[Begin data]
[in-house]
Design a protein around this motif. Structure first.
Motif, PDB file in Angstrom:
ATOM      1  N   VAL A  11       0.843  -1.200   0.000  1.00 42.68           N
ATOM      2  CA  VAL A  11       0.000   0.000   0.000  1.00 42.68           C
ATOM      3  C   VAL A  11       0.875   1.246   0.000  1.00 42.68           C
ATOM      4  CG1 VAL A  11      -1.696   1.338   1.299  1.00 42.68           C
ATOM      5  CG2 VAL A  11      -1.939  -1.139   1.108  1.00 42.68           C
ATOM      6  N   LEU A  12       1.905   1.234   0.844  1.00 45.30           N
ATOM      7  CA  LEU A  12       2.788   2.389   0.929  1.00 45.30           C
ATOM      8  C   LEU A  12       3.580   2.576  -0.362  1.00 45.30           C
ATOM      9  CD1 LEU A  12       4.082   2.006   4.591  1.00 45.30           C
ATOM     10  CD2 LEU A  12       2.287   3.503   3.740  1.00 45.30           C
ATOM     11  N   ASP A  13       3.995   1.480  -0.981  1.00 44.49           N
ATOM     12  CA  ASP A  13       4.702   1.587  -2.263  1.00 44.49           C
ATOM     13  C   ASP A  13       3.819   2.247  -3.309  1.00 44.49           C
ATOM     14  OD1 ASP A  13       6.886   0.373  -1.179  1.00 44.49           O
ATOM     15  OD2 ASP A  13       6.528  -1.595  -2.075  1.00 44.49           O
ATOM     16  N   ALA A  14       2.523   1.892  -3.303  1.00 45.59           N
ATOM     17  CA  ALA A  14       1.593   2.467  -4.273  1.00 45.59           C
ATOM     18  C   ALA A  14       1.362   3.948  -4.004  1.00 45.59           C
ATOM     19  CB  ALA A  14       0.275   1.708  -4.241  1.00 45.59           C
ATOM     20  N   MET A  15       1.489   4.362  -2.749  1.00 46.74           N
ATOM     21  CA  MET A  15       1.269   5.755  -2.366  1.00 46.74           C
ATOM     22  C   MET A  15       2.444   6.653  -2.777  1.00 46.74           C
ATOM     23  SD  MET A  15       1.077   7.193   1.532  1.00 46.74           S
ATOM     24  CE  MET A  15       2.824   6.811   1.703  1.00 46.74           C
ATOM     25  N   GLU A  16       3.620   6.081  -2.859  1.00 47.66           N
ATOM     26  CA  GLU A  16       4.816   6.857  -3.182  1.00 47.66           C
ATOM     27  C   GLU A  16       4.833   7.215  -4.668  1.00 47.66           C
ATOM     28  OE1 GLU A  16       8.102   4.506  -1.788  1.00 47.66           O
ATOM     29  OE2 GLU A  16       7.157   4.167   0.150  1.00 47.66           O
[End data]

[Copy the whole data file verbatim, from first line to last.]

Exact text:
[in-house]
Design a protein around this motif. Structure first.
Motif, PDB file in Angstrom:
ATOM      1  N   VAL A  11       0.843  -1.200   0.000  1.00 42.68           N
ATOM      2  CA  VAL A  11       0.000   0.000   0.000  1.00 42.68           C
ATOM      3  C   VAL A  11       0.875   1.246   0.000  1.00 42.68           C
ATOM      4  CG1 VAL A  11      -1.696   1.338   1.299  1.00 42.68           C
ATOM      5  CG2 VAL A  11      -1.939  -1.139   1.108  1.00 42.68           C
ATOM      6  N   LEU A  12       1.905   1.234   0.844  1.00 45.30           N
ATOM      7  CA  LEU A  12       2.788   2.389   0.929  1.00 45.30           C
ATOM      8  C   LEU A  12       3.580   2.576  -0.362  1.00 45.30           C
ATOM      9  CD1 LEU A  12       4.082   2.006   4.591  1.00 45.30           C
ATOM     10  CD2 LEU A  12       2.287   3.503   3.740  1.00 45.30           C
ATOM     11  N   ASP A  13       3.995   1.480  -0.981  1.00 44.49           N
ATOM     12  CA  ASP A  13       4.702   1.587  -2.263  1.00 44.49           C
ATOM     13  C   ASP A  13       3.819   2.247  -3.309  1.00 44.49           C
ATOM     14  OD1 ASP A  13       6.886   0.373  -1.179  1.00 44.49           O
ATOM     15  OD2 ASP A  13       6.528  -1.595  -2.075  1.00 44.49           O
ATOM     16  N   ALA A  14       2.523   1.892  -3.303  1.00 45.59           N
ATOM     17  CA  ALA A  14       1.593   2.467  -4.273  1.00 45.59           C
ATOM     18  C   ALA A  14       1.362   3.948  -4.004  1.00 45.59           C
ATOM     19  CB  ALA A  14       0.275   1.708  -4.241  1.00 45.59           C
ATOM     20  N   MET A  15       1.489   4.362  -2.749  1.00 46.74           N
ATOM     21  CA  MET A  15       1.269   5.755  -2.366  1.00 46.74           C
ATOM     22  C   MET A  15       2.444   6.653  -2.777  1.00 46.74           C
ATOM     23  SD  MET A  15       1.077   7.193   1.532  1.00 46.74           S
ATOM     24  CE  MET A  15       2.824   6.811   1.703  1.00 46.74           C
ATOM     25  N   GLU A  16       3.620   6.081  -2.859  1.00 47.66           N
ATOM     26  CA  GLU A  16       4.816   6.857  -3.182  1.00 47.66           C
ATOM     27  C   GLU A  16       4.833   7.215  -4.668  1.00 47.66           C
ATOM     28  OE1 GLU A  16       8.102   4.506  -1.788  1.00 47.66           O
ATOM     29  OE2 GLU A  16       7.157   4.167   0.150  1.00 47.66           O